How to Use Emails in China Business Development


We’re living in fast times. Everything is instant.

Instant messaging. Instant noodles. Instant reply. And when sending emails, it’s advisable to keep it short, simple, and straightforward.

In China, people prefer to communicate via Instant Messenger. Emails are not as trendy like in the west. But it doesn’t mean emails are useless. In fact, emails are important, especially for business development.

Here are some tips if you have targeted the right niche market and wanted to increase the chances of your email to be opened, viewed, and replied.

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Customize, customize

A custom email with the recipient’s name on it is likely to get read or viewed. While email automation provides perks such as efficiency and speed for promotional style email outreach, adding a personal touch and segmentation – age, group, and job title – is a sure win.

For example, in China, surnames come first before the name, so consider which is which when addressing the recipient. If not sure, ask.

Takeaway insider tip: Aside from the typical “Hello,” customize the email and make the recipient feel you know something about him or her (e.g. First name, the company, a recent article or event that is relevant on your pitch, etc.). Customize and find common ground to connect.

Use an enticing email subject title

A well-crafted and enticing subject line will increase the chances of getting your email opened. Be careful with word choices. Good subject lines also lessen the possibility of getting your email marked as spam.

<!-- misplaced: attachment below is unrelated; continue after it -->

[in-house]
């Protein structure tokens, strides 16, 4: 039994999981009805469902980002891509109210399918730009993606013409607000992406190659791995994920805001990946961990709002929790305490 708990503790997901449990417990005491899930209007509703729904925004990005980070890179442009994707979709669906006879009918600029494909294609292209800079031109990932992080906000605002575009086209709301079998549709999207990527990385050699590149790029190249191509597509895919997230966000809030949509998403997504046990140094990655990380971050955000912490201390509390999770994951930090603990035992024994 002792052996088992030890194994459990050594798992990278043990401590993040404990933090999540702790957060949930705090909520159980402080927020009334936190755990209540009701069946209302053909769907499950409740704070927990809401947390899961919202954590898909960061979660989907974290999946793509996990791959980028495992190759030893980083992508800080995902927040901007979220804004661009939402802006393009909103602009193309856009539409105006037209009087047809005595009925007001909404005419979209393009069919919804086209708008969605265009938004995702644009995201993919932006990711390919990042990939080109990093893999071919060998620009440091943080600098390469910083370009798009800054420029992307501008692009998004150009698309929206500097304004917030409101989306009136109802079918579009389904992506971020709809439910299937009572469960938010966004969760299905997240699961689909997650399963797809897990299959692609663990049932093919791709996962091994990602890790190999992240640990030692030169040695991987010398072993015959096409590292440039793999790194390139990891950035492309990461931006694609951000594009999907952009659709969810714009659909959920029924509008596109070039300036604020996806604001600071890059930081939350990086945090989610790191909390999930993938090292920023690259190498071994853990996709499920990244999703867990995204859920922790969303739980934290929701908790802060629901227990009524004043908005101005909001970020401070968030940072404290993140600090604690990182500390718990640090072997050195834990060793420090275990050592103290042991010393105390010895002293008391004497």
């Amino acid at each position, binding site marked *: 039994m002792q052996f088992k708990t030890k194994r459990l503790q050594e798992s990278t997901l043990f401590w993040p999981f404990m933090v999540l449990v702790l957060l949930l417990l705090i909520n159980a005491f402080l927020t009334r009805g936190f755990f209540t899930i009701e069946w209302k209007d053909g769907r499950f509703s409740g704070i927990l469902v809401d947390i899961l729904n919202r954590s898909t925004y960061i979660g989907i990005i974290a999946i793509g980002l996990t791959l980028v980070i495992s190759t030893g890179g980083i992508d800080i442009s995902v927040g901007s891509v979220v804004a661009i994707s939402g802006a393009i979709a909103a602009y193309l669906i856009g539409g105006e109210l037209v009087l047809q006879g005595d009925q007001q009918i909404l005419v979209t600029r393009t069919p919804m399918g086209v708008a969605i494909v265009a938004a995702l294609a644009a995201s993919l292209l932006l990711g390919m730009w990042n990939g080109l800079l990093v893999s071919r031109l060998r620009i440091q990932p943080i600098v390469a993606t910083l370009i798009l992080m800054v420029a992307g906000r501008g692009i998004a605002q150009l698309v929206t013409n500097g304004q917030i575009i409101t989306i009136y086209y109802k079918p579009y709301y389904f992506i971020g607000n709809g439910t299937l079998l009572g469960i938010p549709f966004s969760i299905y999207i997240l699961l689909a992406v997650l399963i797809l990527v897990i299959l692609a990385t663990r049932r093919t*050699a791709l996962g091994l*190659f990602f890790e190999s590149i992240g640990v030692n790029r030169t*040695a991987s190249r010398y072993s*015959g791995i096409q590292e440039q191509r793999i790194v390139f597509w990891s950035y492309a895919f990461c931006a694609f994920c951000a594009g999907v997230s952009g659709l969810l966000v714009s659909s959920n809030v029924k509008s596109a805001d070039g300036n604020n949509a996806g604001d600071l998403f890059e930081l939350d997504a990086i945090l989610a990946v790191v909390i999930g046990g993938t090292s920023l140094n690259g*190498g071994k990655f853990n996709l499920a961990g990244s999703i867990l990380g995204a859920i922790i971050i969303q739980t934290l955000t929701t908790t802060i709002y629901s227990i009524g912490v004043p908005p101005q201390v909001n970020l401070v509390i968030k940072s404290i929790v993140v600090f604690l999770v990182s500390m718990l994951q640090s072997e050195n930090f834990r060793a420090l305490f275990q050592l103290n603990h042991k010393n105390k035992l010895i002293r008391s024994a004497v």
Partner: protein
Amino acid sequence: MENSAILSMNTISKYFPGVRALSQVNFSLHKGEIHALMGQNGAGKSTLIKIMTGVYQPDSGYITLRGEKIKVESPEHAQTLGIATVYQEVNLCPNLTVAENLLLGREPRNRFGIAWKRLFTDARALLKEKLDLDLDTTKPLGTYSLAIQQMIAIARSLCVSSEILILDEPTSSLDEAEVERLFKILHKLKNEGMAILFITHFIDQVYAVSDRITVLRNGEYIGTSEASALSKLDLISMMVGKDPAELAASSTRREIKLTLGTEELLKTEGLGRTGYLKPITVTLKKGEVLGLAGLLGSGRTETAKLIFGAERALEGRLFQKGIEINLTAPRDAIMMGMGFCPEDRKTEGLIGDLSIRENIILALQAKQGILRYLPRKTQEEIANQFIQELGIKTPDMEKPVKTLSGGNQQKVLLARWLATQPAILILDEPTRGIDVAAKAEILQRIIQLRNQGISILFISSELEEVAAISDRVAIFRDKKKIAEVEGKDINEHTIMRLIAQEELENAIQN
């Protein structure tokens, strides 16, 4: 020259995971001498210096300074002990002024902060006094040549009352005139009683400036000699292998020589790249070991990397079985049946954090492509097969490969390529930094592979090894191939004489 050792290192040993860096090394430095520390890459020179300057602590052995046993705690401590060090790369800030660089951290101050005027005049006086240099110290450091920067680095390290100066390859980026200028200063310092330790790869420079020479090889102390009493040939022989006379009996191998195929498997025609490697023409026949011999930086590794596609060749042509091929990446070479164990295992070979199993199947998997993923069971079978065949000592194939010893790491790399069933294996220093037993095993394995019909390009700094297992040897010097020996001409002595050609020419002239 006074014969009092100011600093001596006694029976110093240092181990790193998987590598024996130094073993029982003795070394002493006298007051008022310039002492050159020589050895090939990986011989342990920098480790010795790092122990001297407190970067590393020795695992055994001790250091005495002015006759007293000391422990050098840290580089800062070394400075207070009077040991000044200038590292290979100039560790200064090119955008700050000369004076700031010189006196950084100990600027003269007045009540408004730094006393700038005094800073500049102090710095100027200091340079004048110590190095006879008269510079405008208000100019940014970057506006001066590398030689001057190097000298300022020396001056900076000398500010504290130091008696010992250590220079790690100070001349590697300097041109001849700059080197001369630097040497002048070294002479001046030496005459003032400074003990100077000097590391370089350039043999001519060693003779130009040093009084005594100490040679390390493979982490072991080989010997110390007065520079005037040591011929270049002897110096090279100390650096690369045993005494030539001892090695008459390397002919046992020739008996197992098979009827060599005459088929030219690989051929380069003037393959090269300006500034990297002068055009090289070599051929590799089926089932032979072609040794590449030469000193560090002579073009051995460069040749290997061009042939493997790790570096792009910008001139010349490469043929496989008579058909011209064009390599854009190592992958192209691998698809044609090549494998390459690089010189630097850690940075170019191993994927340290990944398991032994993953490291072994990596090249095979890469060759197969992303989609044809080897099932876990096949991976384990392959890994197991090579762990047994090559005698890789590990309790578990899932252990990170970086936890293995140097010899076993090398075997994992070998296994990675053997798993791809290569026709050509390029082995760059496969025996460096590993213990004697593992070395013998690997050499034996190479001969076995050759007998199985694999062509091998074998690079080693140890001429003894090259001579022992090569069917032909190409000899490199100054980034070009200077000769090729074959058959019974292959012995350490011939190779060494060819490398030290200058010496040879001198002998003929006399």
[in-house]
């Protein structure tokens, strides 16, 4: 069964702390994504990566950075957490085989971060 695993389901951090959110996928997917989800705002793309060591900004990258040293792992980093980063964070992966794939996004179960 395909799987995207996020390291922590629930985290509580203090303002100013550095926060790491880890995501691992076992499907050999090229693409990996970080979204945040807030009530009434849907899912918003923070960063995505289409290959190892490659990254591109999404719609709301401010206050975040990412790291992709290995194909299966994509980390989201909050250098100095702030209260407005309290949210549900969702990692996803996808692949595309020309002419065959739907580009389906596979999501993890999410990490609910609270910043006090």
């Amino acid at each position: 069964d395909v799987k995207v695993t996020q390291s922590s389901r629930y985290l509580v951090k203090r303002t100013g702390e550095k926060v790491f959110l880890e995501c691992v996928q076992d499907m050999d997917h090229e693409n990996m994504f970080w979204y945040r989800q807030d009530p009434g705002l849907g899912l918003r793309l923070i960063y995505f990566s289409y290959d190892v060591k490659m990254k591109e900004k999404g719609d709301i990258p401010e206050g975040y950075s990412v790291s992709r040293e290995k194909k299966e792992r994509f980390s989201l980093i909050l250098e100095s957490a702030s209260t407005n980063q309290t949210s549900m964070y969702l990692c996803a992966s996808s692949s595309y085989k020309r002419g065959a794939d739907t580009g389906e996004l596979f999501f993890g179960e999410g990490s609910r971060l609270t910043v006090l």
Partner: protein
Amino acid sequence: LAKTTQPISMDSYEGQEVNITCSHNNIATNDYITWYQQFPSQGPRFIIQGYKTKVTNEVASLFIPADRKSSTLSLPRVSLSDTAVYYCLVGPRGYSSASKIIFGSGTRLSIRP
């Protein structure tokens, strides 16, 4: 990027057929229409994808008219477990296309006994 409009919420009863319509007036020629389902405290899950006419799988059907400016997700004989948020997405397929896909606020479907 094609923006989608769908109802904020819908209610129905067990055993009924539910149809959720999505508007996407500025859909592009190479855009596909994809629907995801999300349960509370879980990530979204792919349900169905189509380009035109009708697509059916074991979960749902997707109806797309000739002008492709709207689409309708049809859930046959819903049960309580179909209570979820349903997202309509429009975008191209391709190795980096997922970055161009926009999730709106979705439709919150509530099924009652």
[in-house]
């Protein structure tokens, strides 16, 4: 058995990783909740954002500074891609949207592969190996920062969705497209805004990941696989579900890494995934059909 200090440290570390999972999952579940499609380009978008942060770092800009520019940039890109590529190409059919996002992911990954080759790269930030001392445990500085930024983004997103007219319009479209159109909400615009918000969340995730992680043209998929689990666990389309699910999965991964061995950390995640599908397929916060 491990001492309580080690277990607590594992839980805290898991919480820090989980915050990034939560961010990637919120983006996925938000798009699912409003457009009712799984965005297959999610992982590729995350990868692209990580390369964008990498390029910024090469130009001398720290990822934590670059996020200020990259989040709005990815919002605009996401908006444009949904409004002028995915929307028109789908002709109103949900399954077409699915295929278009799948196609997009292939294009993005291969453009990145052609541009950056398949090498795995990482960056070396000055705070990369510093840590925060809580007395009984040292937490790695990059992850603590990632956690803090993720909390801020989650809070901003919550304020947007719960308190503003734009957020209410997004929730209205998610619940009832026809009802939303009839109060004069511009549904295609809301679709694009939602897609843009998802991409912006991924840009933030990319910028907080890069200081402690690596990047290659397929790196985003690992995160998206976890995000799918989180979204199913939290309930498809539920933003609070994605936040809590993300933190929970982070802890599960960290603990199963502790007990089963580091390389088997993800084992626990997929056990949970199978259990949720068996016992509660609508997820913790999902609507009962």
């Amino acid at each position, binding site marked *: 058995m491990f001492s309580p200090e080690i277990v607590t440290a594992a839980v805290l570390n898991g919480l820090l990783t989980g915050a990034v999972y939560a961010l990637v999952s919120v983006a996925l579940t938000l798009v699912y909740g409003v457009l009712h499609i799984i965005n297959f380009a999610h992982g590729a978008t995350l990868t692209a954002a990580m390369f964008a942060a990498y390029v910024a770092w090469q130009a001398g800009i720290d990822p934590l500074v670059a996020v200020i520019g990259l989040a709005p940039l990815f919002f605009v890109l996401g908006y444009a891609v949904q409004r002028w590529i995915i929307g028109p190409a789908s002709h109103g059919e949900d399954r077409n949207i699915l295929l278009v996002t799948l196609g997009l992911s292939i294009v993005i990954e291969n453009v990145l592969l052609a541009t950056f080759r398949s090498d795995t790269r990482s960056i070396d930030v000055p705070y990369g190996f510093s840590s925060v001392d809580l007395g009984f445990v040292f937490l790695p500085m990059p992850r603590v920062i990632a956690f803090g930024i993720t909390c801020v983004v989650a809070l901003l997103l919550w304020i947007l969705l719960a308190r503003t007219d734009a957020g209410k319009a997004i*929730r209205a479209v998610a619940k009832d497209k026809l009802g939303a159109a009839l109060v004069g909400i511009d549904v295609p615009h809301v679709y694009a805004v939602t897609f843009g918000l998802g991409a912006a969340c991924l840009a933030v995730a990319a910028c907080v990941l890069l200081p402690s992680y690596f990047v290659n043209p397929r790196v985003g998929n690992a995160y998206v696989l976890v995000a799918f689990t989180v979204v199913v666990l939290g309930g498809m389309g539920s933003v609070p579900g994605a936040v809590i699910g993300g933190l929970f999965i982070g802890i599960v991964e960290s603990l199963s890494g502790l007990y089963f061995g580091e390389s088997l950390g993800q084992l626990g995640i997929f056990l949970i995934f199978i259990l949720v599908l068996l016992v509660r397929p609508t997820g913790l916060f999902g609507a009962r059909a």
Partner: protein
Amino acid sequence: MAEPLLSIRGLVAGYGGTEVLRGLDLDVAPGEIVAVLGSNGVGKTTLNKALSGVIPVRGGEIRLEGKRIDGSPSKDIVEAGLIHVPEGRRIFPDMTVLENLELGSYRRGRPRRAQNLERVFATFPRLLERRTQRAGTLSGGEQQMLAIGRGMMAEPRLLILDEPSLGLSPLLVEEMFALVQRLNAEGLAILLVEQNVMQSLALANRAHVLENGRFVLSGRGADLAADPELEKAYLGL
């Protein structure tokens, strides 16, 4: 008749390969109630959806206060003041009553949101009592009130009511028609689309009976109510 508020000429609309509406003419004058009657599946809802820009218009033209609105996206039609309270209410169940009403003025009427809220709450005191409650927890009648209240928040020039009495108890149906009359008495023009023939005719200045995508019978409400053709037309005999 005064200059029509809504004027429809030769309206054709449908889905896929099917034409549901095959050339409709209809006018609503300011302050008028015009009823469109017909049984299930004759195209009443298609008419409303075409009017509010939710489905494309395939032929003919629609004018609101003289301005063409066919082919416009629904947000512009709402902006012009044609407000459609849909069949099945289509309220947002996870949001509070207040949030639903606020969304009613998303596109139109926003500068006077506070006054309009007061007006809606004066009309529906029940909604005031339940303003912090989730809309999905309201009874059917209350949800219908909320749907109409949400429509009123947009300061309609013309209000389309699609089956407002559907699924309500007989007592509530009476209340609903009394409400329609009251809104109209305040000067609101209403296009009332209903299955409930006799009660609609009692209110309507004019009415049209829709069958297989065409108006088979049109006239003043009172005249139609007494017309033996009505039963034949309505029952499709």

Takeaway insider tip: Work with a professional Chinese digital marketer to help you create that subject line and translate your email. We also recommend that you should know the anti-spam rules or guidelines.

Here’s your checklist:

  1. Balance the text and image ratio.
  2. Links should direct to the proper source; avoid bad links
  3. Subject line is short and simple
  4. Avoid spammy and sensitive words

Go mobile and apply send-time optimization

There are more than 700 million users in China, and most of them are browsing the internet via mobile phones. Always “think mobile” when sending emails and even B2B newsletters.

  1. Keep it short, direct and use visual content if relevant, especially on “cold call” emails.
  2. Be sensitive with time—schedule it and send it early morning to increase the chances of being opened. According to Sophie Ao, the “gold times” to send emails are 8:00 – 9:00 AM, and 3:00 – 4:00 PM.

Emails that are send-time optimized can increase 31% of the open rate and 38% of the click-through rate based on Alternative Apparel email test.

Takeaway insider tip:

Hire an on-demand translator and proofreader to check your emails. A second set or even a third set of eyes will provide a polish, localized, and relevant email. It’s an investment in today’s instant lifestyle.

Nothing beats a personalized email with your recipient’s name on it.

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